As long as I’m re-posting work that was published awhile ago, here’s my first (and so far only) piece for Axis Philly. It’s about transit in Philadelphia, the historical fights over fare increases, why this one isn’t attracting as much flak, and why it should (in some ways).
The continuing existence of high transfer fees is a big reason for protest.
For those who don’t live close to the trolley lines that spider out across West Philadelphia, or the city’s two principal subway elevated lines, transfers are a persistent, costly, and completely unnecessary expense. In fact, for these riders SEPTA’s cheap fares are only so much of a boon: Transfers cost $1, so in the best case scenario, if they have access to tokens (which are inexplicably difficult to access outside downtown hubs), their fare is effectively $2.55. If they use cash it’s $3.00 each way. And that’s before July’s fare hike.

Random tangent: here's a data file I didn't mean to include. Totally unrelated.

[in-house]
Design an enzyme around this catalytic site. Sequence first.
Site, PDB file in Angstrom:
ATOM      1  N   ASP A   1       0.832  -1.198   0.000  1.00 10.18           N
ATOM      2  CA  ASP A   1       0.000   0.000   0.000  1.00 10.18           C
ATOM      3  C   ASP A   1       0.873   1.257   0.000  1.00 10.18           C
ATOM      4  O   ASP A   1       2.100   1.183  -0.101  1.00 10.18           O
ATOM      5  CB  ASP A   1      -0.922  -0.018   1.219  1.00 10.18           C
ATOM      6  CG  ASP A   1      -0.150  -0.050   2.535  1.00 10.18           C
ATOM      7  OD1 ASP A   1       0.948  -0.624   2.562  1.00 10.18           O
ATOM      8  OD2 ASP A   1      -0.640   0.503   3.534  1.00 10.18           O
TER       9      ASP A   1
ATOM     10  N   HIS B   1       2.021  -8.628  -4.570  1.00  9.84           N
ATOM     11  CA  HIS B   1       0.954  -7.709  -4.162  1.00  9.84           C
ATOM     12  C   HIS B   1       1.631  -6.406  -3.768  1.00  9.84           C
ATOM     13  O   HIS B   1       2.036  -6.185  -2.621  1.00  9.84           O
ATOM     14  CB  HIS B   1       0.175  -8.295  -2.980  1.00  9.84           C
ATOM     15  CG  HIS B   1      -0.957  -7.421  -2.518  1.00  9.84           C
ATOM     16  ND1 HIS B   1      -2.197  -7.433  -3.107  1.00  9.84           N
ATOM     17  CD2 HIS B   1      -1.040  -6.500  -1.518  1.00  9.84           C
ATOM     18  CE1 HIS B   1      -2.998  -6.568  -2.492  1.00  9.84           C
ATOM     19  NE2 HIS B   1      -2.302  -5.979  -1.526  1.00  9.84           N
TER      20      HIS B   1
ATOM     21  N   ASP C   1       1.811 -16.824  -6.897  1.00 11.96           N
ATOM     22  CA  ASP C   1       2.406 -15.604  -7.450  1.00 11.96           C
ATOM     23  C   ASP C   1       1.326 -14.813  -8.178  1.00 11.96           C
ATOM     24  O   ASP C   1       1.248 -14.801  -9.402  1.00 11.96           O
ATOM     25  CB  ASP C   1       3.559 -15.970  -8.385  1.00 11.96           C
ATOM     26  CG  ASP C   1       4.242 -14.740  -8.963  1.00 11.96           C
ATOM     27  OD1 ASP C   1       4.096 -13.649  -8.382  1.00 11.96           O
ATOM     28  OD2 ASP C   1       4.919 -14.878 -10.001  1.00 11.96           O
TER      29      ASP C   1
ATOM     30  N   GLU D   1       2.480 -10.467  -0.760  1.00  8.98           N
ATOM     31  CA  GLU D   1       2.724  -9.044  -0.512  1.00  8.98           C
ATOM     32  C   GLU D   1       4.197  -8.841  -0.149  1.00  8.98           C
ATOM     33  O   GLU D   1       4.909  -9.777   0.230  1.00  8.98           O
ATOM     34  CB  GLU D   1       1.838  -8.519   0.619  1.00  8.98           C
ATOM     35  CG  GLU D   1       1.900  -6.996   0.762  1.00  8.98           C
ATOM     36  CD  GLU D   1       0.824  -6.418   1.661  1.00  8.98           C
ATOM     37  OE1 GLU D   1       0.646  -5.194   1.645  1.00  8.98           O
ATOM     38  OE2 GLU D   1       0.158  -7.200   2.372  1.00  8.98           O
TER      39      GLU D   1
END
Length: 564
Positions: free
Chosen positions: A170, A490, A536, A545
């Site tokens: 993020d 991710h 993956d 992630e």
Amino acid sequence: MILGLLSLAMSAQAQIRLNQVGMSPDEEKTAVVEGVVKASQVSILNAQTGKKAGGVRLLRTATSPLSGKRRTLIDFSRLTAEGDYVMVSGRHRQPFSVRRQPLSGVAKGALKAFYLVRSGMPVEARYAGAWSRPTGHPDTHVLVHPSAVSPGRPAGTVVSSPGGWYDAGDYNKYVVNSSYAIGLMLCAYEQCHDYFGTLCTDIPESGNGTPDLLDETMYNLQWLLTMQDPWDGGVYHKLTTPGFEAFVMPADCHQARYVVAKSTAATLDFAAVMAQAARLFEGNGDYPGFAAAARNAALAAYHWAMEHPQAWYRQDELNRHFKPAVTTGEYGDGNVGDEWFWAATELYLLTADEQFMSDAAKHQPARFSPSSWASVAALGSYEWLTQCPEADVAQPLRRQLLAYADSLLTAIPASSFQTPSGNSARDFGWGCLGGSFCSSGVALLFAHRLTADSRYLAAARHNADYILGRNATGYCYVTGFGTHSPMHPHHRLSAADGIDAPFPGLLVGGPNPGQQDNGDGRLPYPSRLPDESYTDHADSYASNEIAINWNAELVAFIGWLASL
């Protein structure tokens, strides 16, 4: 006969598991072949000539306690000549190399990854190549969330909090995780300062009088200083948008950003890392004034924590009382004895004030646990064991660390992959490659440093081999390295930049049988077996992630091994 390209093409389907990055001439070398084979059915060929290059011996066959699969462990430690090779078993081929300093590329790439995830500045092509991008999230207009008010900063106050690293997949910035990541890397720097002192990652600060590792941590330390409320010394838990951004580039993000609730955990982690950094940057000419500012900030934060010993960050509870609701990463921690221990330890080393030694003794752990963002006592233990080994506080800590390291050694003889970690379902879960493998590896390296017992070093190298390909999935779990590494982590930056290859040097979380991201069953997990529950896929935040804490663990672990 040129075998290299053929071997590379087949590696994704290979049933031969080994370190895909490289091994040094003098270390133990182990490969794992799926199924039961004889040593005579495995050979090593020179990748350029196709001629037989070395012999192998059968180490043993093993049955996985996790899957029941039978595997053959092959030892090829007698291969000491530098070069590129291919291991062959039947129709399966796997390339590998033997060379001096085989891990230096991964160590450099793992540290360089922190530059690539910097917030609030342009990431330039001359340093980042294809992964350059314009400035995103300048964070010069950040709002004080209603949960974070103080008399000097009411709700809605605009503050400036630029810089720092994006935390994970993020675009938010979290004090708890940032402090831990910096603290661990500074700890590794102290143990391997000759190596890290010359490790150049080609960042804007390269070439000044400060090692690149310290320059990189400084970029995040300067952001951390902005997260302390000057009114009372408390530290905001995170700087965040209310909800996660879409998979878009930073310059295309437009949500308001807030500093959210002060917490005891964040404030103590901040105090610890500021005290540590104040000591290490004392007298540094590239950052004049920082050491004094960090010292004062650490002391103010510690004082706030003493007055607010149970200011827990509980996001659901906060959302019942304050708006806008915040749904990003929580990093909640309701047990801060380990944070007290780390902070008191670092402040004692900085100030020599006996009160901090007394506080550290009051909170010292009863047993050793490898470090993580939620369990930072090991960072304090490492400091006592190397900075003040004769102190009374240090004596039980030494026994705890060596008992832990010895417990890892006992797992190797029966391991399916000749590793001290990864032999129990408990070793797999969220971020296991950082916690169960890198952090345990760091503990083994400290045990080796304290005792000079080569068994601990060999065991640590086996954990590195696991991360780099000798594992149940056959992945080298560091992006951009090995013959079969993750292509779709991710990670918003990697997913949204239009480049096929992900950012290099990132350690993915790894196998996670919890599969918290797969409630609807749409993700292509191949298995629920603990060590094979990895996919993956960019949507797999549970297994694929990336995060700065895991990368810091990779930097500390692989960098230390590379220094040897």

“If you are living far away … chances are your bus route is designed to take you to Broad Street or the El and that’s the way SEPTA wants you to travel because it’s more efficient ,” says Irv Ackelsberg, who was CEPA’s lawyer in a number of fare fights beginning in 1989. “It’s transit 101: The more people on the fast dedicated vehicles, the better off everybody is. Less traffic and everyone moves faster, but they’ve set up the fare structure to penalize the people who are riding the way you are supposed to ride.” The transfer cost gives riders an incentive to take the slower buses all the way downtown, adding to congestion and slowing their own trip, instead of hopping on a subway-elevated line.
In the past SEPTA could argue that the transfer slips could be abused, sold to other riders and the like. But with the implementation of the New Payment Technologies later this year, transfers can be documented in each individual’s account with a swipe of a smart card or phone. Now the only reason left to keep transfers is for the miniscule amount of revenue they bring in, which cannot be worth the inconvenience and congestion engendered by transfers.
“The connection is not an added product or service, rather, it’s an inconvenience imposed on the customer by the geometry of the transit system,” writes Jarrett Walker in his book Human Transit. “Transit agencies can’t eliminate this inconvenience but they can certainly avoid adding to it by including a free connection.”